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#4
bonehead123
I like it ...

But I'm not a big fan of tower coolers in general, so there's that. And at least they are finally producing fans in a color other than that GAWD-awful baby-shit brown, hehehe :D
Posted on Reply
#6
dyonoctis
Chrispy_
I can't actually see what's missing. The heatsink looks incredibly similar to the current NH-U12S and you still get the free mounting upgrades and warranty.

As far as I can tell, this is a €10 discount and you get a better colour fan at the same time.
There's one less hetapipe
Posted on Reply
#7
Chrispy_
dyonoctis
There's one less hetapipe
Oh yeah. Then that's a pass. You can pick up decent 4-heatpipe 120mm heatsinks from €20.

€50 for a compromised heatsink and Noctua's second-rate fans isn't anything to be pleased with. Perhaps these will drop to under €40 street price where they will look more competitive with other decent 120mm quad-heatpipe offerings like the Arctic Freezer 34, Deepcool Gammax, Hyper212 Black Edition, or BQ Pure Rock 2 or 3 all at the sub-€40 price point and two of those using higher-quality fans, better aesthetics with anodised fins and top covers/heatpipe covers.

At €50 it's a worse proposition than some of the Thermalright or BeQuiet stuff, but as already mentioned, it looks like a much worse deal than Noctua's own NH-U12S.
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#8
ryun
The article did mention it but I wanted to put a spotlight on it anyway: NT-H1 is pre-applied to the base. Not sure how I feel about that. I like using those graphite pads so not really good for me personally. But if I were building someone else's machine then that's a darn nice time saver. I've always appreciated it with the stock heatsinks anyway.

Also, I don't like how they called it the "NH-U12S redux". Way too similar to the "NH-U12S" that has an additional heatpipe over this one. If anything this should be called the "NH-U12P redux" since that came with 4 heatpipes as well.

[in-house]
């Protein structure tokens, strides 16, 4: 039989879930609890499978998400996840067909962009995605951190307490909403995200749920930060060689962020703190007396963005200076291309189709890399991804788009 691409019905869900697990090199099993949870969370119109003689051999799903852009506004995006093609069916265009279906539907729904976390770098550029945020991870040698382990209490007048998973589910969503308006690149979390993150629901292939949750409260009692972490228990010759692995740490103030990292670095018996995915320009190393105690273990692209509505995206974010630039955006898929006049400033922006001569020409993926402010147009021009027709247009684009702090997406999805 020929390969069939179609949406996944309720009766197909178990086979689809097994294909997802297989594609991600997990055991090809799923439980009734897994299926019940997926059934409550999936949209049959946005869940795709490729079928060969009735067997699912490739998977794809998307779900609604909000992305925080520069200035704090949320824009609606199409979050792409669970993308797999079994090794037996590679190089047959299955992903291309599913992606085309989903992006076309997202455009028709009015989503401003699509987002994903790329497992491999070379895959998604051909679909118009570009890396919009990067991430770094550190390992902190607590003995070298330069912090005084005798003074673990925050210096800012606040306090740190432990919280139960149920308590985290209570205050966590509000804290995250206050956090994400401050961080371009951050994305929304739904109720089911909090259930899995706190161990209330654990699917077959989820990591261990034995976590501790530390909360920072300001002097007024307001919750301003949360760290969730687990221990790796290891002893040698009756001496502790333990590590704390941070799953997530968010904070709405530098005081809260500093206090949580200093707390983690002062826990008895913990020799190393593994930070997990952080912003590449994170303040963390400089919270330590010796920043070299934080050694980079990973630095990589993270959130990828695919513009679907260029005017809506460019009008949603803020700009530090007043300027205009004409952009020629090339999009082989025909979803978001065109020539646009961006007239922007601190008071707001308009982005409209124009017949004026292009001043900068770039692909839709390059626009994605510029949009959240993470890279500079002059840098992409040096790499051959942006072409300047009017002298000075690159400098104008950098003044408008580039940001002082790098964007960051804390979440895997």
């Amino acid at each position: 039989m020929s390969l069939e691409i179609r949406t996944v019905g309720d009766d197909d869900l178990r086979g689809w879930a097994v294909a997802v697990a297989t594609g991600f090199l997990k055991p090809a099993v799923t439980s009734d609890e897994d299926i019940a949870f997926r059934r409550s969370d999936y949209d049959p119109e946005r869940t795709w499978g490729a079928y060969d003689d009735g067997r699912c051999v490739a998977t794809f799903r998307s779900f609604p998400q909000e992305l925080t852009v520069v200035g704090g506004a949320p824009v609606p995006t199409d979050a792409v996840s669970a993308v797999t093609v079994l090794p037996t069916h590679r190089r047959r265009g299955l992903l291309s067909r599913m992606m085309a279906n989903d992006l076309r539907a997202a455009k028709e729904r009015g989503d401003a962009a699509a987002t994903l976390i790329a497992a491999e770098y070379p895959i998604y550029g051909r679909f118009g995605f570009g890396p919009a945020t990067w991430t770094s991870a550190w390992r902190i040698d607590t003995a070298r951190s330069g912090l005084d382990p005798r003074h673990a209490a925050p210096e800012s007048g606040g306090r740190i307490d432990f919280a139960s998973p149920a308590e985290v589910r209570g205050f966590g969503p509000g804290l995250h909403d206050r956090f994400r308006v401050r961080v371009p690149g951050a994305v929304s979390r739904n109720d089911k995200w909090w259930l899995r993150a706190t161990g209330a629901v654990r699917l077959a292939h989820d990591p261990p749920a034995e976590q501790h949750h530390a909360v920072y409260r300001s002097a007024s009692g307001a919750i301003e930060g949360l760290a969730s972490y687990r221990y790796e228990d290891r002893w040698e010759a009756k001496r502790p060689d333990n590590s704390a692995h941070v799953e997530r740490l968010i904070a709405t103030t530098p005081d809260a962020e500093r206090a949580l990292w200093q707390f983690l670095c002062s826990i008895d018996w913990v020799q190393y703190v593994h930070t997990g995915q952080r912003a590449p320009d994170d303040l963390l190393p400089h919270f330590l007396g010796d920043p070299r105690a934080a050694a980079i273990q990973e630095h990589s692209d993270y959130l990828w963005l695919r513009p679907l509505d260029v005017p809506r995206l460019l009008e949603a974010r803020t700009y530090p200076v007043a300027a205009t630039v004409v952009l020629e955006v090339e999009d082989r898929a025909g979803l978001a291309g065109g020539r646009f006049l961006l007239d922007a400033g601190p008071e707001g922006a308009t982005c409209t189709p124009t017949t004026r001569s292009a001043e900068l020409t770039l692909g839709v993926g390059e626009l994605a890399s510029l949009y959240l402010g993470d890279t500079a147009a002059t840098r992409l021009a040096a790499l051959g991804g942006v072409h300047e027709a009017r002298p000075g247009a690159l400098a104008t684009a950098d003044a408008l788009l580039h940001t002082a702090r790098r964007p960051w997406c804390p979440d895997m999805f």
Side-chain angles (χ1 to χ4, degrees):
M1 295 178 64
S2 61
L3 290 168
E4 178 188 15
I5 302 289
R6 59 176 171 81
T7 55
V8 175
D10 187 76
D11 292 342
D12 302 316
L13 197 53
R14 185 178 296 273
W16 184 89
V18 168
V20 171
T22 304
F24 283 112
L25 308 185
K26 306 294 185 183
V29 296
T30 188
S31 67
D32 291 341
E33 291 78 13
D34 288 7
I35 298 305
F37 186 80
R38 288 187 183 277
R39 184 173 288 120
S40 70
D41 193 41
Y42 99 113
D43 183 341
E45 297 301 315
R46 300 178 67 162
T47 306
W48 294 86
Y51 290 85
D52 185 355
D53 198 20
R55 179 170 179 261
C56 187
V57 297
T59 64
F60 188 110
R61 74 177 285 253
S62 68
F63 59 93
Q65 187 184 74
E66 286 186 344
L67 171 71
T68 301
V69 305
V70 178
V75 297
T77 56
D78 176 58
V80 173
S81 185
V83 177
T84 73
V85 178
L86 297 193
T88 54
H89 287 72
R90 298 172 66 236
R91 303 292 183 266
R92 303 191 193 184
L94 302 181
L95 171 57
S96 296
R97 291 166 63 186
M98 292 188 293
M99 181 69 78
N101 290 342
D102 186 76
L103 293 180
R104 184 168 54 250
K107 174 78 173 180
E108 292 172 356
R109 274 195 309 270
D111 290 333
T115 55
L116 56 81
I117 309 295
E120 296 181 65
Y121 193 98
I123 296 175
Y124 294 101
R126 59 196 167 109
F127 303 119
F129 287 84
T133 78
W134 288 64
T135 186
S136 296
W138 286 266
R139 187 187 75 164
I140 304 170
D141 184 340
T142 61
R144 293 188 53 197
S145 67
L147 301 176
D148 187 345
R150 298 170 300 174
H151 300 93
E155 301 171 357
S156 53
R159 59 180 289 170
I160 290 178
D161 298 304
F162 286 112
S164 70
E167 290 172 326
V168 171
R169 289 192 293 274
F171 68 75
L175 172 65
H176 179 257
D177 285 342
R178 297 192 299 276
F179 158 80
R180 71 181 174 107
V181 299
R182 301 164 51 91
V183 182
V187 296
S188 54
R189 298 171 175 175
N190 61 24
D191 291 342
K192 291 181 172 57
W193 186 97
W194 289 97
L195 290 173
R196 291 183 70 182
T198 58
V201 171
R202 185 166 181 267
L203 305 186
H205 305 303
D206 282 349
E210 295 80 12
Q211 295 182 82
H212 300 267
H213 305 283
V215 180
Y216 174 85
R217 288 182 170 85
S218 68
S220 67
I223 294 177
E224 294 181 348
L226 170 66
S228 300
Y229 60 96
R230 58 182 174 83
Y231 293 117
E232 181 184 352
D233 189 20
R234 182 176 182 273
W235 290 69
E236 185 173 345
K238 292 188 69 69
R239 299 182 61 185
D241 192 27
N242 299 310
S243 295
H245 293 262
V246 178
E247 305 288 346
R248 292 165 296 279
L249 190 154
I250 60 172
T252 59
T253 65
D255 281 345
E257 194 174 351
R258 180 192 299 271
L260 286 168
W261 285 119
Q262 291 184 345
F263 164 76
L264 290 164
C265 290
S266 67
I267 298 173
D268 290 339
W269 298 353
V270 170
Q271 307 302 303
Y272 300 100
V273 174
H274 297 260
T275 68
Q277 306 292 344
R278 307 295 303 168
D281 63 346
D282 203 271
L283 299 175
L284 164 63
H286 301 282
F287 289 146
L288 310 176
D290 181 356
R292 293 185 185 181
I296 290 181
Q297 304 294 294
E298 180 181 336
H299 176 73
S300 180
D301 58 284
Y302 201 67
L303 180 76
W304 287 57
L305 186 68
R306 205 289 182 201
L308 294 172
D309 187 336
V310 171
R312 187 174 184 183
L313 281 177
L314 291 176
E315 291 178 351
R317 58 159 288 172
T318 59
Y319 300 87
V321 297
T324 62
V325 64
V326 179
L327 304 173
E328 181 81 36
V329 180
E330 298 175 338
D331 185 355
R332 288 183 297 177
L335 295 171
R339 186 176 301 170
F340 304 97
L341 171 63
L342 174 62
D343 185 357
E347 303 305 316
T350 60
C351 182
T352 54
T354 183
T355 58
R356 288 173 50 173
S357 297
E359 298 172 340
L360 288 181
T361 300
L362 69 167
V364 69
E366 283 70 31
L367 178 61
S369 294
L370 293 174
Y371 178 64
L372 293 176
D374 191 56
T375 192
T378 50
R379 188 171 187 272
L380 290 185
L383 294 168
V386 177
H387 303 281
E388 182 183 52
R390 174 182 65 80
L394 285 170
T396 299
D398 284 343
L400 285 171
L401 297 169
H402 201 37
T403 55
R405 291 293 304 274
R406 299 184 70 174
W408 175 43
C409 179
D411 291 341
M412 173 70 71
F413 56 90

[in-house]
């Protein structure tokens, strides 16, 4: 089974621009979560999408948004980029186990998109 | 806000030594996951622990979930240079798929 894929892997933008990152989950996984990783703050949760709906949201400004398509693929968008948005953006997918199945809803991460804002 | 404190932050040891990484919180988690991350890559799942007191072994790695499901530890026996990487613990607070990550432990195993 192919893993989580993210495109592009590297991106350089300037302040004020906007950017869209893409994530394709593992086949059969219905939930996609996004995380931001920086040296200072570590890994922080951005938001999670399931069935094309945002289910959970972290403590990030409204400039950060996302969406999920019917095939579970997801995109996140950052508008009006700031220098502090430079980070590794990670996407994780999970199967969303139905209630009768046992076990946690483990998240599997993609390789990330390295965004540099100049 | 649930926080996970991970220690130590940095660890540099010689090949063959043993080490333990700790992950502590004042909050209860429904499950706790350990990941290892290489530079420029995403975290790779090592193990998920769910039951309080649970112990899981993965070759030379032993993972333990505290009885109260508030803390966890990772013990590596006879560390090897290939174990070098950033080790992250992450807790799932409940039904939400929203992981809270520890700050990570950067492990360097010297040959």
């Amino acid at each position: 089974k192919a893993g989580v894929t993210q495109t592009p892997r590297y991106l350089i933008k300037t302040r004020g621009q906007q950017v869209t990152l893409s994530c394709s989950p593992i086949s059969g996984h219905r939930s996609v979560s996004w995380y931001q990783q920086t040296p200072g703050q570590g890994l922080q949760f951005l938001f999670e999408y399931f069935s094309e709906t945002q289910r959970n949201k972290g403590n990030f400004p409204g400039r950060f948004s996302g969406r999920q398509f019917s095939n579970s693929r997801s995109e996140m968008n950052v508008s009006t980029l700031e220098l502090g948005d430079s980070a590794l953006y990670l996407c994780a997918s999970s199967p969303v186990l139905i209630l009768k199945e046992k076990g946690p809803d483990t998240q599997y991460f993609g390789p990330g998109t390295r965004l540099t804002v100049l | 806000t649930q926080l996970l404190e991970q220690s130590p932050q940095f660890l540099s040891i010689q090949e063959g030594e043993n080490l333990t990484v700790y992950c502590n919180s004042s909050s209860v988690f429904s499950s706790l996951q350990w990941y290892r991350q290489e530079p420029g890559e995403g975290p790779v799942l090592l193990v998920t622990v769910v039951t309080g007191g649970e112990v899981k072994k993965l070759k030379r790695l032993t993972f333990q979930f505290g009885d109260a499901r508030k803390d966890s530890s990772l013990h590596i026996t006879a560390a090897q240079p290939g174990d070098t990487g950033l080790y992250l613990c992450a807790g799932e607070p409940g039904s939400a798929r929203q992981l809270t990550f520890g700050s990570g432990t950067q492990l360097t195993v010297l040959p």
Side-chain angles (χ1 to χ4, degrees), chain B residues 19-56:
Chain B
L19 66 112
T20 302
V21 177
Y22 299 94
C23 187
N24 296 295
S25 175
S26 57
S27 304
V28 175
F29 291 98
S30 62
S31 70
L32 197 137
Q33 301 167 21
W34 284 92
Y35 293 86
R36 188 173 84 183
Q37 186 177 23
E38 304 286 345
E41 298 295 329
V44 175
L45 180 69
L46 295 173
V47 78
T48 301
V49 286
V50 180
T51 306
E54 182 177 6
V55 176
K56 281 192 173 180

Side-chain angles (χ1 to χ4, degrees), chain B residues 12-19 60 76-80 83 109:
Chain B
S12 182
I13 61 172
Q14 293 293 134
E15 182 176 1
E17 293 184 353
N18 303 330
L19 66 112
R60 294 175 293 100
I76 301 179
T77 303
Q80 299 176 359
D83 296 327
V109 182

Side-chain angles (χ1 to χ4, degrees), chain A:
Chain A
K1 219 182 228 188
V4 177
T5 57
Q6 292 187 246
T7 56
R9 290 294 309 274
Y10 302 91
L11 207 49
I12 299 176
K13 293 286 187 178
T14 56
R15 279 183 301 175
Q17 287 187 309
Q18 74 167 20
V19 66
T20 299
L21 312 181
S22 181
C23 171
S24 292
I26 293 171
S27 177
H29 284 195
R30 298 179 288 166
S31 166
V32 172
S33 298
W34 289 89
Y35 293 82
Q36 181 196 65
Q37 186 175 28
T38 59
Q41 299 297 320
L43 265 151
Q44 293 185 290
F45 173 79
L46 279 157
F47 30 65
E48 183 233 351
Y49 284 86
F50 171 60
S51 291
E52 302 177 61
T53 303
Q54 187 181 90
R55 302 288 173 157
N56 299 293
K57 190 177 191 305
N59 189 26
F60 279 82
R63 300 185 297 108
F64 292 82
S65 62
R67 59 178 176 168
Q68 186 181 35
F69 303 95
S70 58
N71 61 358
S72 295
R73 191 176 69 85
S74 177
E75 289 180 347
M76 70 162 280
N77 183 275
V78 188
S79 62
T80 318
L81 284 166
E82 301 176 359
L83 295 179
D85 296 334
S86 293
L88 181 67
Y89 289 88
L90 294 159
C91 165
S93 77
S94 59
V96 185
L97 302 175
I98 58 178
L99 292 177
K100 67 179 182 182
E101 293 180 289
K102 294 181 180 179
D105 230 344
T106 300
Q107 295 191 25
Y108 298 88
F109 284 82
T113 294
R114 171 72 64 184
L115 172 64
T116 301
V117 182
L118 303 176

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#10
Valantar
FreedomEclipse
They have been making these industrial grey redux line of fans for something like 2 years.
2? I have a redux fan in my NAS that is at least six years old.
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#11
FreedomEclipse
~Technological Technocrat~
Valantar
2? I have a redux fan in my NAS that is at least six years old.
fixed
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#12
Solid State Soul ( SSS )
so its a U12S with one less heatpipe, also the price needs to be at least 10$ cheaper for it to compete with Hyper 212
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#13
MDWiley
Noctua is like the Fractal Design of case fans now: Riding out the same design for years with little change, if any.
Not to say this isn’t a good product, especially with Noctua’s quality, but it’s rare these days for them to release anything exciting.
I guess we’ll see how it goes when they (eventually) release the chromax NF-A12x25’s.
Posted on Reply
#14
curiosity
Budget cooler which costs... 49€? Ahahah, as expected from Noctua. Said it here first. As long as there are people swooning over these brands (like the one mentioned in the post above), they'll just keep milking it.
Posted on Reply
#15
Vanny
curiosity
Budget cooler which costs... 49€? Ahahah, as expected from Noctua. Said it here first. As long as there are people swooning over these brands (like the one mentioned in the post above), they'll just keep milking it.